Politicians are never sufficiently prepared for the treachery of the snows of New Hampshire. George Bush senior had to learn the hard way. As the president aspiring to a second term, he watched the rise of the ultra-conservative right during the crucial primary in February 1992, heralding his defeat by Bill Clinton in November. Eight years later, George Bush junior would suffer a worse humiliation at the hands of the New Hampshire voters. It was the eve of the primary and “Poppy” thought he was doing the right thing by coming along to help his son; on the stage, in the freezing cold, “W” in boots and jacket was finishing his lacklustre speech, flanked by mum and dad. “Vote for him, he’s my son, he’s a great boy!” shouted the former President of the United States. As an electoral slogan, you could do better. Before giving up the White House, Bill Clinton, the self-made-man, commented on the CV of the new Bush candidate with two killer phrases: “My dad was President and I managed a baseball club.”
The next day, John McCain, the iconoclastic senator, the Vietnam hero who revived politics in America, won the republican primary in New Hampshire. In place of the heir to the Bush dynasty, the electors in the small key-state of New England chose the firebrand. George W. Bush, then governor of Texas, took the blow. To rectify matters at the next primaries, he did what he had learned to do successfully for his father during the 1988 campaign and which had been absent in 1992: court the religious right and strengthen his base. Before the South Carolina primary, without even a hint of shame, he agreed to give a speech at Bob Jones university, the centre of Christian fundamentalism, considered unacceptable by some. And above all, “Poppy” was kept quiet.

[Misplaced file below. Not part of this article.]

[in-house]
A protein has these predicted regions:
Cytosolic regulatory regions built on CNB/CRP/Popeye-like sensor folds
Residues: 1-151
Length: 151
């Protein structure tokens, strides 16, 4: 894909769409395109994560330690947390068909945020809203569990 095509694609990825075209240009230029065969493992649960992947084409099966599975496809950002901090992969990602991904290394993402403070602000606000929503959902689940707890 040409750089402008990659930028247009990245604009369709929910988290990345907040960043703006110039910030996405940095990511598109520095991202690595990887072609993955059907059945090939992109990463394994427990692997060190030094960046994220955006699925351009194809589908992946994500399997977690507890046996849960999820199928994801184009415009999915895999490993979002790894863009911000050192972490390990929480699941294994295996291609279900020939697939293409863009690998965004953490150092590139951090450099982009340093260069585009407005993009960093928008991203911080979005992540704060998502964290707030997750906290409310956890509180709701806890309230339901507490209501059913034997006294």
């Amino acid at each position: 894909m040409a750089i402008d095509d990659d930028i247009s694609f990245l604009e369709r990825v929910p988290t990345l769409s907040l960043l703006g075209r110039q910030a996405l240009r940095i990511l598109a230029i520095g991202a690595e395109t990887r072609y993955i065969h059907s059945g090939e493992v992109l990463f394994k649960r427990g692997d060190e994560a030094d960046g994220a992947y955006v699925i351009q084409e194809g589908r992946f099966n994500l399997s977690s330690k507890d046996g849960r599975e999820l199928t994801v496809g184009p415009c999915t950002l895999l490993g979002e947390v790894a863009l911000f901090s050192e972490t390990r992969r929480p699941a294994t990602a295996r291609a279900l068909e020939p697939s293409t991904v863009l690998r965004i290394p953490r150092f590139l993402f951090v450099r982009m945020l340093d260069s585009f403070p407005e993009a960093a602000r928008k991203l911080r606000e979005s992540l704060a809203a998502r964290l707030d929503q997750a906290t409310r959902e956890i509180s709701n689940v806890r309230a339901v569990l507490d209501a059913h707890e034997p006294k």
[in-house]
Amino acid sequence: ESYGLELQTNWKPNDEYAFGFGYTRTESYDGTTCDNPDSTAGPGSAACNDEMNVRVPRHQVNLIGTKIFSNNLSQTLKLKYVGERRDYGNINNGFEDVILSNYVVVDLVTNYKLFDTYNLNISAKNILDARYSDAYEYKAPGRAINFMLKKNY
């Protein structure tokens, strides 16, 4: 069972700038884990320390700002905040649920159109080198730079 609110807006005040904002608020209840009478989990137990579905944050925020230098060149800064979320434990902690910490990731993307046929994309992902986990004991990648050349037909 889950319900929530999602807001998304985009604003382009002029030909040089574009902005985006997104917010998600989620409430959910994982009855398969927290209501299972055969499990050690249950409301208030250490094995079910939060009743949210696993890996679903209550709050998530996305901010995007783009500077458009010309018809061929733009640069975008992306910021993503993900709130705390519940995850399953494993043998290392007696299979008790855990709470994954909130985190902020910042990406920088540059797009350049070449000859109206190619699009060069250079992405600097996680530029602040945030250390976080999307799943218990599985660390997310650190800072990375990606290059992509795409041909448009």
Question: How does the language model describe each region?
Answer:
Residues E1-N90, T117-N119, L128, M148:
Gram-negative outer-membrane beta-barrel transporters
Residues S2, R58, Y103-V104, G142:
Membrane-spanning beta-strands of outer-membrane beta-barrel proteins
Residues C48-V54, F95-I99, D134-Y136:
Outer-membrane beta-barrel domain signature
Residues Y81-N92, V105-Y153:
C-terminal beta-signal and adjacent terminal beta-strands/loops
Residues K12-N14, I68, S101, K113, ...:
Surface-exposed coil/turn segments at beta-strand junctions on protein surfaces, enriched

Two years later, now firmly installed in the Oval office, George Walker Bush, 43rd President of the United States, confronts once more, over Iraq this time, the ambiguity of his relationship with the 41st, George Herbert Walker Bush. “43” and “41”, as they are nicknamed at the White House, where the shadow of “41” remains strong, not least because of the number of former colleagues inherited by “43” (a net improvement on “Big George” and “Little George”, as the father and son were called in Texas, during the oil boom). The relationship, today, is more balanced and “43” is no longer worried about appearing with “41”, spending the weekend playing golf, fishing or sailing – not forgetting the Sunday morning service – as on 4th August at Kennebunkport, the sacrosanct summer get-together for the Bush clan in Maine. What started as a tragedy became a victory as September 11th, followed by the war in Afghanistan, wiped away all the doubts lingering from the post-election fiasco of November 2000 concerning the legitimacy of George Bush II and established him as a leader in his own right, his popularity curve matching that of George Bush I after the Gulf war.